It just wasn't meant to happen. As early as last night there were rumors that the weather might put a hold on the first mission since 2011 when the U.S. transported astronauts to the International Space Station (ISS). As the countdown began there was cautious optimism that the clouds, wind and threat of lightning would provide a perfect window long enough for the Dragon to transport NASA astronauts Doug Hurley and Bob Behnken, to the ISS, but with just 16 minutes remaining the no go was announced.
NASA astronauts Doug Hurley and Bob Behnken, are described as classmates and friends, who are veteran spacefliers that are married to veteran spacefliers, and both are fathers of young sons.
"This is a unique moment where all of America can take a moment and look at our country do something stunning again," NASA Administrator Jim Bridenstine said in a press briefing on Tuesday.
NASA and SpaceX scrubbed Wednesday’s launch attempt of the Demo-2 flight test to the International Space Station due to unfavorable weather conditions around Launch Complex 39A at the agency’s Kennedy Space Center in Florida. Launch has been rescheduled to Saturday, May 30, at 3:22 p.m. EDT.
“I know there’s a lot of disappointment today. The weather got us,” NASA Administrator Jim Bridenstine said. “But it was a great day for NASA. It was a great day for SpaceX. Our teams worked together in a really impressive way, making good decisions all along.”
The countdown proceeded smoothly throughout the day Wednesday, with no technical issues raised regarding the SpaceX Falcon 9 rocket or the Crew Dragon spacecraft. NASA astronauts Robert Behnken and Douglas Hurley suited up, walked out of Kennedy’s Neil Armstrong Operations and Checkout Building and rode out to the launch complex in a Tesla Model X before climbing on board the SpaceX Crew Dragon spacecraft a few minutes ahead of schedule.
However, later in the countdown, with operations underway to load the rocket’s propellants and the instantaneous launch window of 4:33 p.m. EDT drawing near, launch weather officials briefed SpaceX Launch Director Mike Taylor that there just wasn’t enough time to wait for weather to improve. Rain, cumulus clouds, attached anvil clouds, lightning and field mill data – which measure the amount of electricity in the atmosphere – all violated Falcon 9 and Crew Dragon launch criteria at times throughout the day.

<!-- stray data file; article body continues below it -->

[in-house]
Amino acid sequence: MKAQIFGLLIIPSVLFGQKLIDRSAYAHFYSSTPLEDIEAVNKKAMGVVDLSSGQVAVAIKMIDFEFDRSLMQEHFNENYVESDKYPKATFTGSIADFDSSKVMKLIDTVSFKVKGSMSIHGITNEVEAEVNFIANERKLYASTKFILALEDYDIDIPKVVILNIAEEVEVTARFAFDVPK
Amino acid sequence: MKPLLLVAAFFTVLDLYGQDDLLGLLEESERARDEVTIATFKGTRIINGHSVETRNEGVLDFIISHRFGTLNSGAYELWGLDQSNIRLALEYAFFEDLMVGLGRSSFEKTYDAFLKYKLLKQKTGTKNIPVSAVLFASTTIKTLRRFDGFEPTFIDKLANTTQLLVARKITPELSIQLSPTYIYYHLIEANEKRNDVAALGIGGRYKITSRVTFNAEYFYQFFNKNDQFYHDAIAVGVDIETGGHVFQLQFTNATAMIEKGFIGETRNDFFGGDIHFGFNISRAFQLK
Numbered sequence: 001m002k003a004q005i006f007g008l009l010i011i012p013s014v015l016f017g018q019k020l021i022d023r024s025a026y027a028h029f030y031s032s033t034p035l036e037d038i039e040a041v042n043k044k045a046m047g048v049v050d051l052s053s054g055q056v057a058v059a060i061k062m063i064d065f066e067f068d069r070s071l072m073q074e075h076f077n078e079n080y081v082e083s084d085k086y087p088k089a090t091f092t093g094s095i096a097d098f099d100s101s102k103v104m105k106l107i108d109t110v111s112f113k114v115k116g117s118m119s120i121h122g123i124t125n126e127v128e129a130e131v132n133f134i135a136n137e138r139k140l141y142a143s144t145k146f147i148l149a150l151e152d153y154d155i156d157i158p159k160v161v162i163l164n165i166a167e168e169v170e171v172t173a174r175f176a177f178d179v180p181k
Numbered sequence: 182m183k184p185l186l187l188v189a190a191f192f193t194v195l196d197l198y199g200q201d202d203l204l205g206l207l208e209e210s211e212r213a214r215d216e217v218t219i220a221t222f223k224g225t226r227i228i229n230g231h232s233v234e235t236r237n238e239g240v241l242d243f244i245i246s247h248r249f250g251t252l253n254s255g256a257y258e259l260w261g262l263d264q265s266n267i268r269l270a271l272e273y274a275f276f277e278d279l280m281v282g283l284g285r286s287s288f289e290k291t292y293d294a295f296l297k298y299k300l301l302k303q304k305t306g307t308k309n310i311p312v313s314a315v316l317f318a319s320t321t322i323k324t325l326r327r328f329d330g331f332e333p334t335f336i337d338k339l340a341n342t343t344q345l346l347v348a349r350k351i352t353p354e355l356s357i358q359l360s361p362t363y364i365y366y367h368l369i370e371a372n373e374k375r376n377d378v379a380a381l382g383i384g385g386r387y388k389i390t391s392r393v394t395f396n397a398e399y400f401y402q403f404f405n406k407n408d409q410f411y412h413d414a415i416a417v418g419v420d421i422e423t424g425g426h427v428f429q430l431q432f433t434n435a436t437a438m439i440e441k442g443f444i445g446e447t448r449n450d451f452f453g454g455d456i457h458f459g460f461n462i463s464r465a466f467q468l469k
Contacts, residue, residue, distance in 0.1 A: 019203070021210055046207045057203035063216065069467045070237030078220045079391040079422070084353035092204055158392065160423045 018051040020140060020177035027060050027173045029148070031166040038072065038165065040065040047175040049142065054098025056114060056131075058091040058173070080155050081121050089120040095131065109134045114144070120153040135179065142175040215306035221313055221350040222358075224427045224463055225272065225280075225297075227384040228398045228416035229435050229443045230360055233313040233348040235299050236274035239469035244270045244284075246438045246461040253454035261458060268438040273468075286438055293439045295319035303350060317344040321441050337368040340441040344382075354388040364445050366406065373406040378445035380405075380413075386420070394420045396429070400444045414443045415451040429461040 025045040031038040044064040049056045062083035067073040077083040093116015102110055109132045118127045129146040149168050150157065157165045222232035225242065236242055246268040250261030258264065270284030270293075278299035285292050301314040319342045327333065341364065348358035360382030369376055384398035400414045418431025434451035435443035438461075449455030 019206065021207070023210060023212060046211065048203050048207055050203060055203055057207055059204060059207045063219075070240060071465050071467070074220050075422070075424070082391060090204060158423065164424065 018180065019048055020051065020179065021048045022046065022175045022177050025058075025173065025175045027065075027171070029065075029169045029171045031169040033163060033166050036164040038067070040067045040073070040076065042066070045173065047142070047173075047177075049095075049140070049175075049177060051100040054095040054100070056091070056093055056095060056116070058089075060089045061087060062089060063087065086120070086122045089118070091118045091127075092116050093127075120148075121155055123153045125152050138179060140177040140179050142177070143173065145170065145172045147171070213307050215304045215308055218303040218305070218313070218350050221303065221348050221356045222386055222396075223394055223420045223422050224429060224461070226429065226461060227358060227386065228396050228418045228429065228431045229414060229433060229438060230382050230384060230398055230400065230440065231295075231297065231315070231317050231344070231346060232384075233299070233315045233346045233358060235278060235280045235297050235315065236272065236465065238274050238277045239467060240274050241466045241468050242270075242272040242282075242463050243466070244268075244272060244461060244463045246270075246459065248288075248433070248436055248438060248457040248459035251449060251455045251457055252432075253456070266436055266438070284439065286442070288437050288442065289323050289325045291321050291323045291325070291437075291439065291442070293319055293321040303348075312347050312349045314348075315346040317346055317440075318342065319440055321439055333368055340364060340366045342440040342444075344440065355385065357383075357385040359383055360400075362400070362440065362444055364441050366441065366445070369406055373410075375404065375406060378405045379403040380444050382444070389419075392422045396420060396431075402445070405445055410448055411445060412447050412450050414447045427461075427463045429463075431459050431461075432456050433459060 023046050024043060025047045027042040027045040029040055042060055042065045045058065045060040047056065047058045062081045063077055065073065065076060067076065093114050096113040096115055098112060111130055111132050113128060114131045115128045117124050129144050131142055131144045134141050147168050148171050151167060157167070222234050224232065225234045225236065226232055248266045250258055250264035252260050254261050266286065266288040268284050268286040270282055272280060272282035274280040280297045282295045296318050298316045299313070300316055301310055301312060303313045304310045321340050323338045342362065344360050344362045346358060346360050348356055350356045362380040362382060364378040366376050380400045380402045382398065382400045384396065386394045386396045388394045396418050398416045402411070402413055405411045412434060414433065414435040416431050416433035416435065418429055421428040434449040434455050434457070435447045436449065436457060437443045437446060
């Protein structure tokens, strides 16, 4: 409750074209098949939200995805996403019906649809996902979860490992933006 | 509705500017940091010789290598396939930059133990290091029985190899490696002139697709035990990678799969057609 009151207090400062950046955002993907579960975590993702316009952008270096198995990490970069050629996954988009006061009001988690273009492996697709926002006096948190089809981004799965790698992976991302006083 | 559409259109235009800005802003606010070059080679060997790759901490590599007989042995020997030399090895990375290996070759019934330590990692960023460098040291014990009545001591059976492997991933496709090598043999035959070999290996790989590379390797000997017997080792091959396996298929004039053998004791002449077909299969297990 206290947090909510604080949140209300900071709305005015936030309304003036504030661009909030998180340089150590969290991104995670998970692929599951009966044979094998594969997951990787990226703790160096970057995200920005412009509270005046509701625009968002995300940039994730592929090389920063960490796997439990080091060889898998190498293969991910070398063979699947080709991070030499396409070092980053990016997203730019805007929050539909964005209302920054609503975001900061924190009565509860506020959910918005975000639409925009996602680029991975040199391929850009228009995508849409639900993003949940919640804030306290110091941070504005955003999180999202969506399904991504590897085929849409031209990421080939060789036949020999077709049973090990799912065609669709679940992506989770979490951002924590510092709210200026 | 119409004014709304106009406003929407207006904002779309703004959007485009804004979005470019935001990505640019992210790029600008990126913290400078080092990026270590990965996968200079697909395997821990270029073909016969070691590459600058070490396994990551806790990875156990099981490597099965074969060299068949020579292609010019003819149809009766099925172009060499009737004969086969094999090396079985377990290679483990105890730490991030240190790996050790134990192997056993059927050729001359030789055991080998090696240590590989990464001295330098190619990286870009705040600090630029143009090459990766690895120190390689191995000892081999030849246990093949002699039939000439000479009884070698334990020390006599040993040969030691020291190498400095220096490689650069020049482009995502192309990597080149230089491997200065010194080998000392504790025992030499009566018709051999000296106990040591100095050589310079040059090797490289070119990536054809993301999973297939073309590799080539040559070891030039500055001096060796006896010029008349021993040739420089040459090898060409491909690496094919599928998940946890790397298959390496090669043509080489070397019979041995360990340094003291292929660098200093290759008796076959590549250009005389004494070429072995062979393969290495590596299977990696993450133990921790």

NASA’s SpaceX Demo-2 crew members Douglas Hurley, foreground, and Robert Behnken, inside the SpaceX Crew Dragon spacecraft at Launch Complex 39A. Image credit: NASA TV
“There was a concern that if we did launch, it could actually trigger lightning,” Bridenstine said. “We made the right decision.”
SpaceX’s decision to reschedule launch was made with only 17 minutes remaining until the anticipated liftoff time.
“We can see raindrops on the windows,” Hurley said as he and Behnken received the news that weather had prevented a liftoff Wednesday. “We understand everybody’s probably a little bummed out, but that’s part of the deal,” he added.
SpaceX removed propellant from the Falcon 9 rocket, the Crew Dragon’s launch escape system was disarmed and the crew access arm and White Room were returned to position beside the spacecraft’s side hatch. Hurley and Behnken exited the Crew Dragon at approximately 5:50 p.m. and departed to return to the Astronaut Crew Quarters inside the Operations and Checkout Building.
“Everybody did great today,” Hurley said before the crew climbed out of the spacecraft. “It was a good practice, and we’ll do it again on Saturday.”
Today’s launch countdown was a valuable experience, Bridenstine pointed out.
“We did a wet dress rehearsal. We haven’t done a wet dress rehearsal with our astronauts, full gear, before,” he said. “We learn a lot every time we do these things, and today was no different.”
NASA’s SpaceX Demo-2 mission will be an end-to-end test flight to validate the SpaceX crew transportation system, paving the way for its certification for regular crew flights to the station as part of NASA’s Commercial Crew Program. It will be the first launch of American astronauts on an American rocket from American soil in nearly a decade, since the retirement of the space shuttle following its final flight, STS-135, in 2011.